“All of a sudden everything’s back up in the air again,” Ms. Feldman remembered. She had been growing nasturtiums and other edible flowers for Island businesses, but could not make a living from that garden. The idea of creating a local product and contributing to the farm economy nevertheless persisted, and one day in July, she had “a moment” while snacking on a bag of vinegar and sea salt potato chips.

“It just dawned on me — sea salt,” Ms. Feldman said.

Sea salt, unlike table salt, is not processed, meaning it retains traces of minerals and nutrients. According to the American Heart Association, it has the same amount of sodium — about 40 per cent — as table salt. The two have starkly different textures, and different uses for chefs and restaurants. Table salt, for example, blends much easier into mixtures, while the coarseness of sea salt makes it a distinctive seasoning choice.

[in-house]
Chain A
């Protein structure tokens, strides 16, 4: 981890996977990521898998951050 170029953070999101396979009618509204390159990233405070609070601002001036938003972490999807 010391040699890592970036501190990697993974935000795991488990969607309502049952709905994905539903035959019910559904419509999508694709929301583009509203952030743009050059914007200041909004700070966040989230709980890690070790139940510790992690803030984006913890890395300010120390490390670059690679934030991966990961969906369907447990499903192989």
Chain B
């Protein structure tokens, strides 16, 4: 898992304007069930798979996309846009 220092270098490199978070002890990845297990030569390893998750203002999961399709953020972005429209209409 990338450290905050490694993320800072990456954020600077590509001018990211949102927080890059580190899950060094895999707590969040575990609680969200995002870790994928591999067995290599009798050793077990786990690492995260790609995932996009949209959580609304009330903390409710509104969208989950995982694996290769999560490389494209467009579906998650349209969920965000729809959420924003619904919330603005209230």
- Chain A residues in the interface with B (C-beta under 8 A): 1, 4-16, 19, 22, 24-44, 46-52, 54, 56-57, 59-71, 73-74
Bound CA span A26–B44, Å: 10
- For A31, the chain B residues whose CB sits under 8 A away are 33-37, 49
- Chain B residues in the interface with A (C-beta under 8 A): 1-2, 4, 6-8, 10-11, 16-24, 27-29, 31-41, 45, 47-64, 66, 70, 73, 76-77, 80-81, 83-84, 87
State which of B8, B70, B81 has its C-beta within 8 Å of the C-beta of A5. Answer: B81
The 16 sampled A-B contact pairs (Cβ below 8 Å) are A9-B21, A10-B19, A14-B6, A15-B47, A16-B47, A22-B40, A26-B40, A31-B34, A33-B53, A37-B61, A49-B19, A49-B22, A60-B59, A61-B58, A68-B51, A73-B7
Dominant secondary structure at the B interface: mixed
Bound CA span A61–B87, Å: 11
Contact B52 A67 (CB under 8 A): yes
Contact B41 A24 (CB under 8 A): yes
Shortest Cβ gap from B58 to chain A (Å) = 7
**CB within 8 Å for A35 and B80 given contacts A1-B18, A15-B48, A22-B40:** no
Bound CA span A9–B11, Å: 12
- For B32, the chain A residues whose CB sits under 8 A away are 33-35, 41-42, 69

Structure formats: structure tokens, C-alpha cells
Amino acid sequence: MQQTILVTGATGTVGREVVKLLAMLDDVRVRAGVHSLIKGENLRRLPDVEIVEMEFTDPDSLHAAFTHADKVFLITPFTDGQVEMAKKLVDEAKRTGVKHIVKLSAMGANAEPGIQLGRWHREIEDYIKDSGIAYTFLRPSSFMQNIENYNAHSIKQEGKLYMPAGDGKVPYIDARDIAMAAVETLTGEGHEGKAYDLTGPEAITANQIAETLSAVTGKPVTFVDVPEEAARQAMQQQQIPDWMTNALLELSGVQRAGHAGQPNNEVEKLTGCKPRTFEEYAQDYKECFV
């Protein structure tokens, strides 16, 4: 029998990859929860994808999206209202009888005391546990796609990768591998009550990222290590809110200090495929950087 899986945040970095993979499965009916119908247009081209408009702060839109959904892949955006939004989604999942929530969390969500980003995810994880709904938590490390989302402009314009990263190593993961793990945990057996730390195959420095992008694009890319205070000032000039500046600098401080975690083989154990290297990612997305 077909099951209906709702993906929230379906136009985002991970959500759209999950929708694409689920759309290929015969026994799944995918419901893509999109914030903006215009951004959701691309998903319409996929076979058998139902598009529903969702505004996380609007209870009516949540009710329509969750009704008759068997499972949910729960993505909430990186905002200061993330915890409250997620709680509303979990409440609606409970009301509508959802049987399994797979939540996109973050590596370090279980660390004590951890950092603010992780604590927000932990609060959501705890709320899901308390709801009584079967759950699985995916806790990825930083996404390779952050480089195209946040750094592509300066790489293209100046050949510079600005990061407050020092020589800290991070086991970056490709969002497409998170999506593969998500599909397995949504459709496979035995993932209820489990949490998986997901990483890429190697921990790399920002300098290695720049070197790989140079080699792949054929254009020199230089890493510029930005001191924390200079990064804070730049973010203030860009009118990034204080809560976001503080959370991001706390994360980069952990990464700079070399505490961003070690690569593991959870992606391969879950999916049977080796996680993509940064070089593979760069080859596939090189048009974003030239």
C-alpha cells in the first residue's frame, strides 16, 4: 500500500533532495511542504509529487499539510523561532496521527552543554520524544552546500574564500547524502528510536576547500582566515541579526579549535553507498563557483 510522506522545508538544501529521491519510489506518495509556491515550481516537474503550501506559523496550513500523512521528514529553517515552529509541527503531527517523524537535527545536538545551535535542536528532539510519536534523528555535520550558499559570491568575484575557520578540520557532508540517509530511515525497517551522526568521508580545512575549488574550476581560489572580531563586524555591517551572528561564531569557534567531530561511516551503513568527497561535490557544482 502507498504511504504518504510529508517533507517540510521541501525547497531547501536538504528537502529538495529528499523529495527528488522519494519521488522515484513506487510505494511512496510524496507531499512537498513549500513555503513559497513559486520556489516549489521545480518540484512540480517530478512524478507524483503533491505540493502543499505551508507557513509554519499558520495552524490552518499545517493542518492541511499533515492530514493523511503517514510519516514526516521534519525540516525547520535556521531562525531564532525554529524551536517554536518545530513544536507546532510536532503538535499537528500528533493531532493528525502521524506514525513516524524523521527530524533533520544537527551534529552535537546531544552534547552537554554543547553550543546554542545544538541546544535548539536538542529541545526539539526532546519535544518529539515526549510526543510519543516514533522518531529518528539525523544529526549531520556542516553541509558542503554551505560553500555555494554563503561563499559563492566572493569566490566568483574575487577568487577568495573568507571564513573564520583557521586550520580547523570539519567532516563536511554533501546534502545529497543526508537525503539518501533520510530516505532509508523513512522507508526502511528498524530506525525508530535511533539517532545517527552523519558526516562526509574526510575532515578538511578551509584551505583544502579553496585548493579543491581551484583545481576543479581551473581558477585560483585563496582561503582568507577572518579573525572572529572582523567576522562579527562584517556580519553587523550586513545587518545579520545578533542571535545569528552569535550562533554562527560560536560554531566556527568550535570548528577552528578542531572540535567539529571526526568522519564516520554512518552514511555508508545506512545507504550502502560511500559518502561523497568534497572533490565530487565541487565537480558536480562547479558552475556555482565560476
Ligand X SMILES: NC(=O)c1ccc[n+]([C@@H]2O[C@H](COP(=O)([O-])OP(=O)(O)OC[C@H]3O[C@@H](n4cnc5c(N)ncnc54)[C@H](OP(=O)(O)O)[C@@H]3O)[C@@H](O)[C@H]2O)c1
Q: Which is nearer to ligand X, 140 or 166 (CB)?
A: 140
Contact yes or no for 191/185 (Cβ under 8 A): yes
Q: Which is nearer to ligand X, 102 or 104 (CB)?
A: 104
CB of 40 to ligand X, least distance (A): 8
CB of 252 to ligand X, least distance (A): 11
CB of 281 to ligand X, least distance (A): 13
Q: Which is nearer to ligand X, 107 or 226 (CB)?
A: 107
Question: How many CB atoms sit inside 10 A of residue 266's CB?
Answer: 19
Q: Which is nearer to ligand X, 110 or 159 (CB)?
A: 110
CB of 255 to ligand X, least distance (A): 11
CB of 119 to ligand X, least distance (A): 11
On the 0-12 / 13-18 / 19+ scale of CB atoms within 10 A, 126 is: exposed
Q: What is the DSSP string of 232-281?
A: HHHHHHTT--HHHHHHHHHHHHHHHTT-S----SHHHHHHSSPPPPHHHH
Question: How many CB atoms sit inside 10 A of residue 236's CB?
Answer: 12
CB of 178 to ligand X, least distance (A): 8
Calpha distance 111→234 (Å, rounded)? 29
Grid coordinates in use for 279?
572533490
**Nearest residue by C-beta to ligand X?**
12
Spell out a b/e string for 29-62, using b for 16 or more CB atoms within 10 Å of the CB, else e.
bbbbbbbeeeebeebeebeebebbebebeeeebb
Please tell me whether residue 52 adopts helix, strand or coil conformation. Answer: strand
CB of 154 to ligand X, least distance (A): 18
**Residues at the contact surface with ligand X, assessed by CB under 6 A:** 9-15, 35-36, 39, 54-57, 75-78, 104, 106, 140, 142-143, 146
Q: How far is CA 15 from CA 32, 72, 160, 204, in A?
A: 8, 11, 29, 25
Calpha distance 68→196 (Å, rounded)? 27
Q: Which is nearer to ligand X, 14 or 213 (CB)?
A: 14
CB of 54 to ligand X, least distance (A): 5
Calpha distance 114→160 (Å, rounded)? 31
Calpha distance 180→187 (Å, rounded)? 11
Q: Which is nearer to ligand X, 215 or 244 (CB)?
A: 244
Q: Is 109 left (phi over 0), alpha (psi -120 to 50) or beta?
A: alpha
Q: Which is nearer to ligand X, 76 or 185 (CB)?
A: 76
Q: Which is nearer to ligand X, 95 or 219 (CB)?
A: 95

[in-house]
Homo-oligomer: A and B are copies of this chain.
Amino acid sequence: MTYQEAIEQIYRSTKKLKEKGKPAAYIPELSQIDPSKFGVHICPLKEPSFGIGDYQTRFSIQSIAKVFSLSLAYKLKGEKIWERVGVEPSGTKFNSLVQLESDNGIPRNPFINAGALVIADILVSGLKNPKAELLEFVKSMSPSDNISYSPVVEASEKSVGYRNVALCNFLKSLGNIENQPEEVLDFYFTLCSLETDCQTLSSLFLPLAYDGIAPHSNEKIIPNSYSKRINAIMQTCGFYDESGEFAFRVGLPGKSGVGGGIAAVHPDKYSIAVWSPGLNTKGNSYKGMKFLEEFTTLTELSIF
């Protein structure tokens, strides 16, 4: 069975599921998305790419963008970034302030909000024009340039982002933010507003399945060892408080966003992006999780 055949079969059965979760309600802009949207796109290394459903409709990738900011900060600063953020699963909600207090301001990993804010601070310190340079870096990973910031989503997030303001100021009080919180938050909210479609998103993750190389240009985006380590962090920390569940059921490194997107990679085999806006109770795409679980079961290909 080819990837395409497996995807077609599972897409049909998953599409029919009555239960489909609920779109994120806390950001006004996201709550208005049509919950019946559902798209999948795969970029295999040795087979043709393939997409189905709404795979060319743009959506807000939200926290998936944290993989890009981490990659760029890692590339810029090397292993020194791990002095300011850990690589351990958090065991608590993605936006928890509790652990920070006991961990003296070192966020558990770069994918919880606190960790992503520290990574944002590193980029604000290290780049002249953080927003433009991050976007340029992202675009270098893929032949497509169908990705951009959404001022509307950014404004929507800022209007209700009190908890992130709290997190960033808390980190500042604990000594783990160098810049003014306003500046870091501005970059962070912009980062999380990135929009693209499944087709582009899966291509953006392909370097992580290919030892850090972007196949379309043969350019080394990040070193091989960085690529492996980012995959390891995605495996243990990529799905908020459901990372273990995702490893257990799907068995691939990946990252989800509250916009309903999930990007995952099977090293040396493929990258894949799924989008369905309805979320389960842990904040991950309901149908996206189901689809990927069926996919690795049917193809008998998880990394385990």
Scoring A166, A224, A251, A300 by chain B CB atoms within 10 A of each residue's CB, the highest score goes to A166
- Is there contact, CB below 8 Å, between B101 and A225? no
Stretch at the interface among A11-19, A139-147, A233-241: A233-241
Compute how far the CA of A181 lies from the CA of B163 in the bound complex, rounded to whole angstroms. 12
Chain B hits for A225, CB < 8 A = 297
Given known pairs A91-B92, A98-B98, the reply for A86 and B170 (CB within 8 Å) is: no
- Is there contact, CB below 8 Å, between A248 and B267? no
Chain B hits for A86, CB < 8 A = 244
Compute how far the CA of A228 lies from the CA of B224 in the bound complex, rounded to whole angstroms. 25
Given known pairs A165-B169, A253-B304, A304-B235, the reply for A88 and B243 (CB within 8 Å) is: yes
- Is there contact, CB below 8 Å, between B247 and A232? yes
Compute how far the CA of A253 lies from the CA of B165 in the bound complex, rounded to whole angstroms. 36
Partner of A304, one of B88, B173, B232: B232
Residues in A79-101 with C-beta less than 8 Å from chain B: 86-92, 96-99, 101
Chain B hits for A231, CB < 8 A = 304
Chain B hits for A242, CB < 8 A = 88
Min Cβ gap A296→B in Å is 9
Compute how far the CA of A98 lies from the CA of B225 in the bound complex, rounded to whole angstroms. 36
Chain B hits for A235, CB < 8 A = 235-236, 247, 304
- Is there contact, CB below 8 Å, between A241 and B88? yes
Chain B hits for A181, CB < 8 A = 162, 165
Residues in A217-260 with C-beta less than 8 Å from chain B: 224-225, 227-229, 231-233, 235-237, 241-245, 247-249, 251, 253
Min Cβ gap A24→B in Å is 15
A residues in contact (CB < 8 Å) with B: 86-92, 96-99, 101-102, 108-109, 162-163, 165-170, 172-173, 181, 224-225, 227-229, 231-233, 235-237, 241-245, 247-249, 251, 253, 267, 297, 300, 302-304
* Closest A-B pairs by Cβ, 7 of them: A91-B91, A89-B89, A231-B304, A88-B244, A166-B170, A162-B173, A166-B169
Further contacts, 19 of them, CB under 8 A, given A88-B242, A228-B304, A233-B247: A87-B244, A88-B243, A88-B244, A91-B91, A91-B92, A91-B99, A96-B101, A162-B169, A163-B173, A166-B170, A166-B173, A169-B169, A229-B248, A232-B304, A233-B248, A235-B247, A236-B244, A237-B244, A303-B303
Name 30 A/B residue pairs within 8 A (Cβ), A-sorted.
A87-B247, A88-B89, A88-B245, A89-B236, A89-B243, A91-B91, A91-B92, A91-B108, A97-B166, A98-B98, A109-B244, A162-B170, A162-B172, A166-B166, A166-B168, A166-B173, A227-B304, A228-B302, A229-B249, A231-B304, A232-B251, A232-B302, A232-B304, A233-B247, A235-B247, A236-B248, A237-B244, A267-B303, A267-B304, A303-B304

But salt isn’t used just in the kitchen. Sea salt is a favorite of those in the equestrian business as horses need extra sodium in their diet which they can’t get from hay alone. Martha’s Vineyard Sea Salt has orders already from many Island horse owners and from a Florida-based equine supplement company. And the first batch of salt made at Down Island Farm went to a local potter, who mixes it with his clay to add texture. That batch is “fondly called protein salt,” Ms. Feldman said, because of the bugs that wandered in during the evaporating process. Screens have since been added to the hoop house. They are also now formally licensed by the Massachusetts Board of Health.